Iran News ...


9/30/05

AFGHANISTAN: Recent refugee influx ups pressure on aid agencies

KABUL, 29 Sep 2005 (IRIN) - The arrival of 21,000 Afghan families from Pakistan over the past six weeks has placed an additional strain on aid agencies in providing adequate humanitarian assistance, representatives say.

"The return of such a large of number over [such] a relatively short period of time just before the winter has created additional pressures for reintegration operations," Tim Irwin, a spokesman of the office of the United Nations High Commissioner for Refugees (UNHCR), said in the Afghan capital, Kabul, on Thursday.

Together with relevant government ministries, other UN agencies and non-governmental organisations, the UN refugee agency was working to ensure that families and individuals were able to settle in their places of origin before winter sets in, Irwin maintained.

As part of a previous decision made in 2004, Islamabad announced plans to close all refuge facilities by 1 August located across the Federally Administered Tribal Areas (FATA), a western restive tribal belt bordering Afghanistan, offering Afghan residents in the area the option of repatriating or relocating to any other site inside Pakistan.

That decision prompted more than 120,000 Afghans living in the refugee camps of the tribal Kurram and Bajaur agencies to head to Afghanistan - availing themselves of the voluntary UNHCR repatriation assistance package. The influx of FATA returnees included mostly those Afghans who had crossed into Pakistan in the early years of the Soviet-Afghan conflict in the late 1970s.

According to UNHCR, to date, the destinations of over 94,000 Afghans from Pakistan's tribal areas include the eastern and central provinces of Paktya, Khost, Nangarhar, Kunar, Logar and Kabul.

"Many of the families are returning to areas where there has been limited development due to the security situation," Jacques Mouchet, UNHCR representative in Afghanistan, said earlier this week in Kabul. "There are also a large number of individuals who left Afghanistan 25 years ago and who face challenges in reintegrating into their former communities."

Under UNHCR's current voluntary repatriation assistance programme, returnees are eligible for transport assistance ranging from US $4 to $37 per person, depending on the distance to their destination. Additionally, they receive a grant of $12 each to help them with additional costs.

The return assistance is complemented by programmes designed to help returnees re-establish their lives in their places of origin.

To assist the returnees in their foremost need of shelter, the UN refugee agency plans to build some 24,000 housing units across the country in 2005. Of this, some 7,000 units were completed by the end of August, located primarily in the provinces of Kabul, Parwan, Logar, Kunduz and Balkh.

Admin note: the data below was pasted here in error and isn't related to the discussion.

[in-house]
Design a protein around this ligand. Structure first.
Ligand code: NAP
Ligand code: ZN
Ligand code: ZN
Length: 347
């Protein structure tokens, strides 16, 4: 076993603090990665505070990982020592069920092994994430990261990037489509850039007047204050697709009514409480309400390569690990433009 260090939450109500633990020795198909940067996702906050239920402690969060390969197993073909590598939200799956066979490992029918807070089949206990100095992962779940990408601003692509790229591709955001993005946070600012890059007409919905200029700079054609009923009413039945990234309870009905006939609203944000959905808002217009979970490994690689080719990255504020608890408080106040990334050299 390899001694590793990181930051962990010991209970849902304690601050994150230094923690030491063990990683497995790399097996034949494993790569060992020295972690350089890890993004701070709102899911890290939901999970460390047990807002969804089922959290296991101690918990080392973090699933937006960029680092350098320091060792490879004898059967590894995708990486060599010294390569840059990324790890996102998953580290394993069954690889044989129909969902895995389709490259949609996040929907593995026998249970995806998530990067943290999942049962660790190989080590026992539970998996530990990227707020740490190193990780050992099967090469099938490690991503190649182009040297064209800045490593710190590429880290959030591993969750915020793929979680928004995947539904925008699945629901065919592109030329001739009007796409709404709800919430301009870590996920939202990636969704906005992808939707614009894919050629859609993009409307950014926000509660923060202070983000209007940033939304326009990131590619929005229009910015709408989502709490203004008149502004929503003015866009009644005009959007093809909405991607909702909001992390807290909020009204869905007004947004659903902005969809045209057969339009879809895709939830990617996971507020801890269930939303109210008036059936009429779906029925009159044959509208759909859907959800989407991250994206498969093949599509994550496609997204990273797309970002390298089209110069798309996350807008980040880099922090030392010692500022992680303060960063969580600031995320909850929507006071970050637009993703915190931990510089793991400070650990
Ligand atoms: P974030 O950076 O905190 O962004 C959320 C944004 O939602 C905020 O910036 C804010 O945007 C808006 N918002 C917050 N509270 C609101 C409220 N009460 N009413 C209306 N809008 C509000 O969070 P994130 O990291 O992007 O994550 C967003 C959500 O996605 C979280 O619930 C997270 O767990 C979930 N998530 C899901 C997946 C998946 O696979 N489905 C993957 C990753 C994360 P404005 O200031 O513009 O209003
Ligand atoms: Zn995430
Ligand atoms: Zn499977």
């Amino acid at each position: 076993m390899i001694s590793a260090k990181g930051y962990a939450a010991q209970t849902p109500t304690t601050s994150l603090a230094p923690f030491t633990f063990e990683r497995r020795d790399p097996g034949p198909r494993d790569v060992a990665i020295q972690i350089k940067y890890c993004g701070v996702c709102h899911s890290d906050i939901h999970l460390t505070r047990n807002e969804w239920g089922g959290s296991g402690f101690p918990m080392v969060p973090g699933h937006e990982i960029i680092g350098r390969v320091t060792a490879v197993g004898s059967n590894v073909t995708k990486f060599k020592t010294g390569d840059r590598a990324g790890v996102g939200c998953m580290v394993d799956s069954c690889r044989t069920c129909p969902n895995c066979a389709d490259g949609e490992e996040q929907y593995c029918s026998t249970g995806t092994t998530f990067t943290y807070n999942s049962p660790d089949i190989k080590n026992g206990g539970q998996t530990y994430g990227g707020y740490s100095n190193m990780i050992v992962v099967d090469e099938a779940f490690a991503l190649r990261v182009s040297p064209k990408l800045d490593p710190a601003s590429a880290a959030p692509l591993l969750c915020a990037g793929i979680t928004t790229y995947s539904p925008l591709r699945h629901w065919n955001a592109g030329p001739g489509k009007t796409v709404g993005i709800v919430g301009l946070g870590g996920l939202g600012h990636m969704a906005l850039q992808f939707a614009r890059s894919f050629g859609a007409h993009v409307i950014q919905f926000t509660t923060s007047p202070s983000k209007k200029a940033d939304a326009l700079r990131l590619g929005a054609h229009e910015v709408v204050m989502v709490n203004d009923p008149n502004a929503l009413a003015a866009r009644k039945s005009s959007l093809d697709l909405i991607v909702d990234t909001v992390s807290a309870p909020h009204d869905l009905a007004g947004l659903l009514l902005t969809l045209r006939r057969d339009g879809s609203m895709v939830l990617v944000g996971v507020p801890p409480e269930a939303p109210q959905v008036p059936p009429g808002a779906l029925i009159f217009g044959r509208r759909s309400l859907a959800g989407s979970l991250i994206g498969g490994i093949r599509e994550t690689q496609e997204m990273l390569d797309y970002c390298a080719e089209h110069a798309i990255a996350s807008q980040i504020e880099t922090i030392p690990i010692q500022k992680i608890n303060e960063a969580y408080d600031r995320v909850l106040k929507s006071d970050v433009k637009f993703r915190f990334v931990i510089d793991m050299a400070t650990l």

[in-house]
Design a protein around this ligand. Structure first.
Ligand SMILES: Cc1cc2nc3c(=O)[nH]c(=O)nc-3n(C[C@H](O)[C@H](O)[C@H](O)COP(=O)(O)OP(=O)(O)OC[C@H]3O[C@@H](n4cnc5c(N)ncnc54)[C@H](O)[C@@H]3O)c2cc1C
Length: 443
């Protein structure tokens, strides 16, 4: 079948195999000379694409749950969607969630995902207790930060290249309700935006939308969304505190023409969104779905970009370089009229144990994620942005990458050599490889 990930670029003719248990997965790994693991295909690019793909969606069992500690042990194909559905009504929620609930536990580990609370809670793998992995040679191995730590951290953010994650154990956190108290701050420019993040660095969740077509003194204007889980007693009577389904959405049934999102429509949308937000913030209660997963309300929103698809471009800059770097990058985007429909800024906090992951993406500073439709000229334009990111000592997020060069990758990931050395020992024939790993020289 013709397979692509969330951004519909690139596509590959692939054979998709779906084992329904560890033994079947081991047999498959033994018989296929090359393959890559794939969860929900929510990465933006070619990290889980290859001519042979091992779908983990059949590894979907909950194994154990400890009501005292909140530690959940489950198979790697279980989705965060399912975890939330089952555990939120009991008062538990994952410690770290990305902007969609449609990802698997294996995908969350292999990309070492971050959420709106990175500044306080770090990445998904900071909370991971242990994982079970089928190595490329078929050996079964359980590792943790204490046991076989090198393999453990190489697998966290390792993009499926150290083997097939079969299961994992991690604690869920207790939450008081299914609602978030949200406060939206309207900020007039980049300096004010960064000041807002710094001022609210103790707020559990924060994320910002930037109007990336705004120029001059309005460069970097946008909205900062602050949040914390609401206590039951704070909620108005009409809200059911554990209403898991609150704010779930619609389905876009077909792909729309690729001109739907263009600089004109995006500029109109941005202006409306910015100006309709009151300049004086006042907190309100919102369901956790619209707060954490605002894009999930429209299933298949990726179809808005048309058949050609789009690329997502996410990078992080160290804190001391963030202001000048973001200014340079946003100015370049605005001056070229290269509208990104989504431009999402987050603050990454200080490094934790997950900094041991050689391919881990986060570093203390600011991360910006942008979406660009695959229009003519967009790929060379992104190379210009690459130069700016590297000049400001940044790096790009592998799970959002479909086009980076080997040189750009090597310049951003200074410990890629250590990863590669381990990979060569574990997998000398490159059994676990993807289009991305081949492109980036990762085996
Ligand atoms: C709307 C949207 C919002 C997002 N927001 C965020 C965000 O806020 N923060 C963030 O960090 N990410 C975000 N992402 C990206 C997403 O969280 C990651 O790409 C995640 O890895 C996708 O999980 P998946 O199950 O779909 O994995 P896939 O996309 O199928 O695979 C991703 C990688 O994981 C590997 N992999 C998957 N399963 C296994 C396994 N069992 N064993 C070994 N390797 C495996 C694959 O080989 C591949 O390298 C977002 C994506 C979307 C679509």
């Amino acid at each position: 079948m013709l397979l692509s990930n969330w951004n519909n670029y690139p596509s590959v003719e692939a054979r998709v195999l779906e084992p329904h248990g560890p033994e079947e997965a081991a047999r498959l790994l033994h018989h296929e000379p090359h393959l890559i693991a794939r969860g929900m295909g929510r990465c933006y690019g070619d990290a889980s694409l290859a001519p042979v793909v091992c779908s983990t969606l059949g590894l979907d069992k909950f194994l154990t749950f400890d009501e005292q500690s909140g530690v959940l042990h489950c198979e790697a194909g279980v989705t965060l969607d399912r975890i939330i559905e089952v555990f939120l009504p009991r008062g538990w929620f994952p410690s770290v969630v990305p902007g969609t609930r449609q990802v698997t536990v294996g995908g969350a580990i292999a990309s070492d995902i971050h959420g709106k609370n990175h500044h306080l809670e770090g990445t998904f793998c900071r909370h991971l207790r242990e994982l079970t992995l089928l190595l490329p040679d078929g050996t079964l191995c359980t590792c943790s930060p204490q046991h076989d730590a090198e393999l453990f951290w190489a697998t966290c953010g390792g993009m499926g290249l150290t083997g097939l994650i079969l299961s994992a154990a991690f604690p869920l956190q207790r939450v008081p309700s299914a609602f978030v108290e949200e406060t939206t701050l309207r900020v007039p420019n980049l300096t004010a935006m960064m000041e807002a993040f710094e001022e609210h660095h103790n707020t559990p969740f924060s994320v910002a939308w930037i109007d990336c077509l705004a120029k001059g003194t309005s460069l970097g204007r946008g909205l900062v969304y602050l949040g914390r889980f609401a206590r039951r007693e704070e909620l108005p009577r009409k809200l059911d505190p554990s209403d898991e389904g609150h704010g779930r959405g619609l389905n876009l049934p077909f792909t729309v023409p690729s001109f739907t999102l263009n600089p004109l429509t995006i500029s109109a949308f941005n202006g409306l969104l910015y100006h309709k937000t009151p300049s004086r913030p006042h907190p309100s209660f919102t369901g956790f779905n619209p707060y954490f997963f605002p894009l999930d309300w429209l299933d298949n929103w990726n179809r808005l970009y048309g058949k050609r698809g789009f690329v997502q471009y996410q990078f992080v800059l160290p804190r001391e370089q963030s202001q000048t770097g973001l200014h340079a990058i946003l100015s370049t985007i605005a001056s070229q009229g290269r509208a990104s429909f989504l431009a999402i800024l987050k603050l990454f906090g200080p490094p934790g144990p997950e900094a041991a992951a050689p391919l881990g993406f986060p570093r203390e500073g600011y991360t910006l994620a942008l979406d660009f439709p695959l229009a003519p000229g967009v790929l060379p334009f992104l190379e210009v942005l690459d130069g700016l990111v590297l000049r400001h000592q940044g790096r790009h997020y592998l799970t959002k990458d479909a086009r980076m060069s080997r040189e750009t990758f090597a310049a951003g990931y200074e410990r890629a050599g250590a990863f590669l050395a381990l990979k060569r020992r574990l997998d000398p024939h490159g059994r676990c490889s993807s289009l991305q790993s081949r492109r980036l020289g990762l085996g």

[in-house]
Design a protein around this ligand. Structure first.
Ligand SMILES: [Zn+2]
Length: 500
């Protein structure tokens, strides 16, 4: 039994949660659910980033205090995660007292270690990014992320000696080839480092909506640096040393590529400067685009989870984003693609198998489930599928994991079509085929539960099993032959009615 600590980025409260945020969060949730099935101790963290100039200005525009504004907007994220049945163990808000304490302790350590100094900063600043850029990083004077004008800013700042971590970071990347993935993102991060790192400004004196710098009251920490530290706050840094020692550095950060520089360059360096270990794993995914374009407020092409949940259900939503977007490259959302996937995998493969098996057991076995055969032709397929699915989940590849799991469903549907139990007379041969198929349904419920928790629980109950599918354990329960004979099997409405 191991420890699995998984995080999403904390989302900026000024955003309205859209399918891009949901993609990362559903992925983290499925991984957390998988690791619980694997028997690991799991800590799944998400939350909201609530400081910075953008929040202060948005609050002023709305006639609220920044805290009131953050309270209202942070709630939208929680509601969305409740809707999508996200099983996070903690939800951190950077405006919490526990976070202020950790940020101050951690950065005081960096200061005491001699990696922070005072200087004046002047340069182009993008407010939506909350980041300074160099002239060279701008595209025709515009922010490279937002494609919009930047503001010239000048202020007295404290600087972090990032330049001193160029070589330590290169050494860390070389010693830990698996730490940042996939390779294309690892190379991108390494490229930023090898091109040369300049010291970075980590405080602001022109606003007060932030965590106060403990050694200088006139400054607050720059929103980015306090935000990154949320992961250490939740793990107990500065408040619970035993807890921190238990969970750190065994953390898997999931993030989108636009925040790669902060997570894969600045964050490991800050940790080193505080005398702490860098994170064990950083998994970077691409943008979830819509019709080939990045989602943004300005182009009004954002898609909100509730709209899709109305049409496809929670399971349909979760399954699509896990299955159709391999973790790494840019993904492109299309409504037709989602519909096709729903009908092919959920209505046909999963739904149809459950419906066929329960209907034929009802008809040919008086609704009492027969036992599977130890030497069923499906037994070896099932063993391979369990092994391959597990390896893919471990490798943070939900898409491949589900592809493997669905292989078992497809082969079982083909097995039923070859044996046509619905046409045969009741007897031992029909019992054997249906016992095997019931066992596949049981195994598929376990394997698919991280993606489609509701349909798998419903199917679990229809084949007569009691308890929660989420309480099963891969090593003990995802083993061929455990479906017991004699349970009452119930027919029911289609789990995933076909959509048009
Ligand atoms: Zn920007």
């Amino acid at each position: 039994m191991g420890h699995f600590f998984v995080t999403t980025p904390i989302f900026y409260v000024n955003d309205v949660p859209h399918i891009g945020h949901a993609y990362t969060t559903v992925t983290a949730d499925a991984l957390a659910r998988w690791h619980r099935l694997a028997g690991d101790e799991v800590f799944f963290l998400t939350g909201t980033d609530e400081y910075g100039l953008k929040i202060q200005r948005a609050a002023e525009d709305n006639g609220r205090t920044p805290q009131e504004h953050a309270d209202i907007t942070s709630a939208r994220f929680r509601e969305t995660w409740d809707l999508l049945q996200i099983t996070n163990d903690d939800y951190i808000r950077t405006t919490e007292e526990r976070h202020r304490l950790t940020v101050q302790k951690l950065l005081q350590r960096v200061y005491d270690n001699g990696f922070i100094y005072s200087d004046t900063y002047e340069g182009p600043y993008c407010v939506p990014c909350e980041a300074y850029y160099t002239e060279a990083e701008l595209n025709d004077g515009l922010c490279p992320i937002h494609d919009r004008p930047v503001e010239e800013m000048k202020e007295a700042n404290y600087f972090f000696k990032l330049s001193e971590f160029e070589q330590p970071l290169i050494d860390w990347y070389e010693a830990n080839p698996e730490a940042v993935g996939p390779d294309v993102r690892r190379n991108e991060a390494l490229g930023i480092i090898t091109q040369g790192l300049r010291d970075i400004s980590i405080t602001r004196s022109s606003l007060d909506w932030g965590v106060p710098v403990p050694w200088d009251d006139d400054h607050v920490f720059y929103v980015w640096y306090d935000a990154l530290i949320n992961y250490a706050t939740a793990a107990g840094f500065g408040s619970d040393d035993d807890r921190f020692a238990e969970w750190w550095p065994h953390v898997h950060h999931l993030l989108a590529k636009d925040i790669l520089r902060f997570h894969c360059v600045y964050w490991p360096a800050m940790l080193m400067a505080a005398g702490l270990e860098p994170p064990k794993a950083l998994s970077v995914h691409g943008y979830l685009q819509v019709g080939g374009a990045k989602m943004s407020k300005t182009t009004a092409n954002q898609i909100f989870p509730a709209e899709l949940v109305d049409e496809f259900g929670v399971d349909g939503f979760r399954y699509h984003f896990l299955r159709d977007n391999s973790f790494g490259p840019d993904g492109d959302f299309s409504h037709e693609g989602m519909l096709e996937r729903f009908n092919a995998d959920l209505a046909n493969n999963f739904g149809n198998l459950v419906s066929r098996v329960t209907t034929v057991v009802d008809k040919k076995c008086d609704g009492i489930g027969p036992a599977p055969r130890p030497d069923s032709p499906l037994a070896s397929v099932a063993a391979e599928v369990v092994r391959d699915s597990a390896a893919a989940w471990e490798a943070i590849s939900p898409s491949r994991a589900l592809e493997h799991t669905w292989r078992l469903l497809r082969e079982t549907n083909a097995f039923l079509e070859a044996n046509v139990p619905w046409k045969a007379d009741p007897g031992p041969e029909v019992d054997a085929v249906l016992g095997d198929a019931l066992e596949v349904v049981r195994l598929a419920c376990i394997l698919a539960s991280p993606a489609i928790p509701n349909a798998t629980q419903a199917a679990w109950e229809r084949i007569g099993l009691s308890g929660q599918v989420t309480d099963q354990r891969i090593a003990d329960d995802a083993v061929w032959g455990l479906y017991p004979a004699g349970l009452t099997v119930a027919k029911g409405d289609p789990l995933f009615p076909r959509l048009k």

The refugee agency has also been working to increase access to fresh water, with water points for some 65,000 individuals across the country being dug - mainly in Baghlan, Faryab and Jawzjan provinces in the north, Kandhar and Uruzgan in the south, Herat and Nimruz in the west and Daikundi province, located in the Central Highlands.

Moreover, UNHCR has been running about 21 income generation projects across the fledgling state to assist poor communities in supplementing their earnings in southern, eastern, and central regions. These include poultry farming, road rehabilitation, tailoring and handicrafts.

Meanwhile, the Afghan government has also been helping by providing the returnees land for shelter. Recently, the Ministry of Women's Affairs announced its plans to build accommodation for at least 1 million vulnerable Afghan women across the country with a German construction firm.

Afghan repatriation, now in its fourth year, is the largest organised repatriation operation in the history of UNHCR. Since the repatriation effort began in March 2002 following the collapse of the Taliban regime, a total of 2.9 million Afghans have returned from Pakistan and 1.3 million from Iran.

According to the latest figures, Pakistan still hosts some 3 million Afghans in the country, with another 900,000 living in Iran.


The above article comes to you via IRIN, a UN humanitarian information unit, but may not necessarily reflect the views of the United Nations or its agencies. UN Office for the Coordination of Humanitarian Affairs 2004

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